The Tzaddik’s Torah Study Causes Others to Repent
The holy Chozeh of Lublin taught that when David HaMelech said, “Happy is he whose strength is in You, those whose hearts focus on upward paths” (Tehillim 84:6), he meant that when a Tzaddik sits and studies Torah liShmah, sincerely for the sake of Hashem, then he moves others to thoughts of repentance. Through his studies, he injects into their hearts the desire and motivation to do teshuvah.
This then is how we interpret the pasuk: Happy is he, the Tzaddik, whose strength is in You. He attaches himself to You, Hashem, through the Torah, which is called “oz” — Your strength — as it says, “Hashem shall give ‘oz’ [the Torah] to His people” (ibid. 29:11; see Zevachim 115a). By the Tzaddik attaching himself to Hashem through the Torah, he “focuses ‘hearts’ on upward paths” — he plows furrows and paths that lead the hearts of the people to teshuvah.
Similarly, the Yismach Moshe taught that when David HaMelech sang praises thanking Hashem (ibid. 111:1), he was saying that when you praise and thank Hashem, you cause an awakening of teshuvah within the hearts of others.
Ilana D’Chayi, Emor
Even Acher Could Have Repented
A heavenly voice rang out and proclaimed, “Return, My wayward children — all except for Acher [Elisha ben Avuyah]” (Chagigah 15a). Elisha ben Avuyah, also known as Acher (the “other” one), was an infamous heretic who was denied a portion in the World to Come.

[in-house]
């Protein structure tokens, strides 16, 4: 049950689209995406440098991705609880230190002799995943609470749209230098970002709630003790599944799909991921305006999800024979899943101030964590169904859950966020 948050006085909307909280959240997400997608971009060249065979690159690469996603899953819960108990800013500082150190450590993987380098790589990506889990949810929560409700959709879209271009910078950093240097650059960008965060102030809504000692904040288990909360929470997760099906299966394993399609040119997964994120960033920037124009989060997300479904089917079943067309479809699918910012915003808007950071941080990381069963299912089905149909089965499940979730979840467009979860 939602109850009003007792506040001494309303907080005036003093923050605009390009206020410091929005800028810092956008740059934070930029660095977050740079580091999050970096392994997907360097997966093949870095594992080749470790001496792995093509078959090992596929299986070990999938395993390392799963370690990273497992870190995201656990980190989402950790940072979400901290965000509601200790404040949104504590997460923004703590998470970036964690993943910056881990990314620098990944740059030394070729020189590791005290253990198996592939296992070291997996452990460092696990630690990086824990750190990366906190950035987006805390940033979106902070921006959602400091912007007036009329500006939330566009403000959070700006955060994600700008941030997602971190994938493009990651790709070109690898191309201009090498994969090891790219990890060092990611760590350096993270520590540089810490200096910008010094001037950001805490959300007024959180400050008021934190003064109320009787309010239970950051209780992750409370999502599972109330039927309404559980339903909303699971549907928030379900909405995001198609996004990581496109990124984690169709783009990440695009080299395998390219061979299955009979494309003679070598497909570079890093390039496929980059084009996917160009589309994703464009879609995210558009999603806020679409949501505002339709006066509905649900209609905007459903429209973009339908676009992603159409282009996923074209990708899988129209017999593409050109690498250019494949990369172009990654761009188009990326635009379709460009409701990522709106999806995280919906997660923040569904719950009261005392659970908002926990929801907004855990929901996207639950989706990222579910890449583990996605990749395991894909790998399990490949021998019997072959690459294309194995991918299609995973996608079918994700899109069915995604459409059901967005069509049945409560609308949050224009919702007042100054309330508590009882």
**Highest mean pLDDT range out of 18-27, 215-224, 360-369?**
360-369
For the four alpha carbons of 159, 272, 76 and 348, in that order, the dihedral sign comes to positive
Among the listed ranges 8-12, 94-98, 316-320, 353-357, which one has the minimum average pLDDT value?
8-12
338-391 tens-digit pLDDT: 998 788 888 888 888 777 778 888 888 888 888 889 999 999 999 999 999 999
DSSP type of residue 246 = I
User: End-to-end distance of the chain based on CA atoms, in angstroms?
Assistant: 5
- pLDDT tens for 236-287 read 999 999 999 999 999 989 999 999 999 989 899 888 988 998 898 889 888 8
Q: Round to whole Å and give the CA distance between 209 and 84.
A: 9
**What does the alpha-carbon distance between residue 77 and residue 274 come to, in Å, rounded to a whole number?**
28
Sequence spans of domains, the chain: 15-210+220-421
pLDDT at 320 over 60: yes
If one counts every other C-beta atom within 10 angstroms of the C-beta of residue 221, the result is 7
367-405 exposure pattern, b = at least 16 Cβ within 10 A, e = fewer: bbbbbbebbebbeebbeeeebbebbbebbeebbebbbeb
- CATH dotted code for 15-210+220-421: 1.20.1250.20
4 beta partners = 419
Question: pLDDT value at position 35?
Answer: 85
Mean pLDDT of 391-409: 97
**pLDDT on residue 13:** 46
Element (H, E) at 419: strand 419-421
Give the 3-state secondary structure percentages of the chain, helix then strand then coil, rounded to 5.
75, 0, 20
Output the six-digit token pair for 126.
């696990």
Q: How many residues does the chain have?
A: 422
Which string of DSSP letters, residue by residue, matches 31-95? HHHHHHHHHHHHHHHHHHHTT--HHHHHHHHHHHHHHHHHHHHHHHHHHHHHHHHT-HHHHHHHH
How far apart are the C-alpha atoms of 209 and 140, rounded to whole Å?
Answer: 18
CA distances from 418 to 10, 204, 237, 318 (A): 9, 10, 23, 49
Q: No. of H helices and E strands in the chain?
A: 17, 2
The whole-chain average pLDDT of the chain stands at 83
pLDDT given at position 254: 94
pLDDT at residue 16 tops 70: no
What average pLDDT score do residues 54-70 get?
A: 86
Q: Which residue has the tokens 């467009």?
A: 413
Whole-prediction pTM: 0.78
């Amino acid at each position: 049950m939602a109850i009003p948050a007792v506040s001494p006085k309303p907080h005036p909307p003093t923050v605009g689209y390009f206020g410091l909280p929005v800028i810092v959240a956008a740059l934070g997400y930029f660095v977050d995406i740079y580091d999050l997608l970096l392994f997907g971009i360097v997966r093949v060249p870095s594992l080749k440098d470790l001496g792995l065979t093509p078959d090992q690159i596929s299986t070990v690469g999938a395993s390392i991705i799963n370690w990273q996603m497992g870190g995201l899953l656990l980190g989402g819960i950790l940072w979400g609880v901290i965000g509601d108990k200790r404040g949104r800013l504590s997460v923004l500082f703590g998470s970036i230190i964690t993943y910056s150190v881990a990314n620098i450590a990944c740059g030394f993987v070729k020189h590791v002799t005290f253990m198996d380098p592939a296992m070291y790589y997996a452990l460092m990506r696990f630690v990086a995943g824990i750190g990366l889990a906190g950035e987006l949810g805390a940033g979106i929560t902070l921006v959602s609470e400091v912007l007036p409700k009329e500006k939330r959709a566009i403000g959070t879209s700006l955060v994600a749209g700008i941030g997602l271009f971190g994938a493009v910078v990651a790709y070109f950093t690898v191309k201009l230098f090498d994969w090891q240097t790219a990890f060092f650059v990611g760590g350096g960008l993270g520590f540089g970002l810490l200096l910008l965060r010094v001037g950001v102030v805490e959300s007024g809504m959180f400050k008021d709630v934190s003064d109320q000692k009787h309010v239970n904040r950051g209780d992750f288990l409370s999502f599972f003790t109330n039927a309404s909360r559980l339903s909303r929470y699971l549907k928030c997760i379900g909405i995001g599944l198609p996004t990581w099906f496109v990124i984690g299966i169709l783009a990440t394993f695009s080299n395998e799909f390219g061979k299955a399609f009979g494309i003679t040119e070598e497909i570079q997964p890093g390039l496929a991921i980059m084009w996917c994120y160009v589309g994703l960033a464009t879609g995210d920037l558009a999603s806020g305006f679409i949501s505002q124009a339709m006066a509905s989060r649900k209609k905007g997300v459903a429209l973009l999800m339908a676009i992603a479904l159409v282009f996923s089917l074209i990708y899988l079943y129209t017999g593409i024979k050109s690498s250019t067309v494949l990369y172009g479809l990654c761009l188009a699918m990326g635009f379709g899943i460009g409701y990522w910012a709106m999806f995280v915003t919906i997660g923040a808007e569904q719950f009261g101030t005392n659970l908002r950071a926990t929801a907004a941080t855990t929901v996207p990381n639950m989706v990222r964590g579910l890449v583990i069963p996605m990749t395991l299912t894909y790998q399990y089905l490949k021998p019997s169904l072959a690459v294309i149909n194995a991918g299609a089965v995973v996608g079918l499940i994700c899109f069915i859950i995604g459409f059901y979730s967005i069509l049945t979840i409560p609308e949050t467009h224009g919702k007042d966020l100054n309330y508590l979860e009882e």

Anyone with any sense, taught the holy Rav Yaakov Yitzchak of Lublin, realizes that if Elisha had responded to the heavenly voice that enjoined him to repent saying, “All the better! Now I can truly serve You sincerely, Hashem, with no thought of any reward and with no ulterior motives except to give You satisfaction and nachas because I am fulfilling Your will,” he would have achieved full atonement. He would have been completely forgiven and attained a lofty spiritual level.
The Real Sin of the Calf
Once, Rav Shraga Feivel of Gritza, the ancestor of the Rebbes who would one day establish the Alexander Dynasty, visited the Chozeh of Lublin. The Chozeh said, “Feivele, do you know what the sin of the golden calf was?” Reb Feivel answered that Bnei Yisrael had made a graven image and bowed to it and declared it their leader.
“You are mistaken,” said the Lubliner. “Their primary sin was that ‘they mourned’ (Shemos 33:4). They became sad and morose and fell into a depression after they sinned. They did not realize that they should have seized the opportunity and repented with joy in their hearts!”
Teshuvah Before Study
A wicked person who doesn’t abandon his evil ways and repent is forbidden to study Torah… Regarding him the verse states, “To the wicked Hashem says, ‘What do you want with My book of laws?’ ” (Tehillim 50:16).
If, however, he repents before he begins learning Torah, then he merits to study with fear and awe on the level of Bnei Yisrael when they received the Torah on Mount Sinai.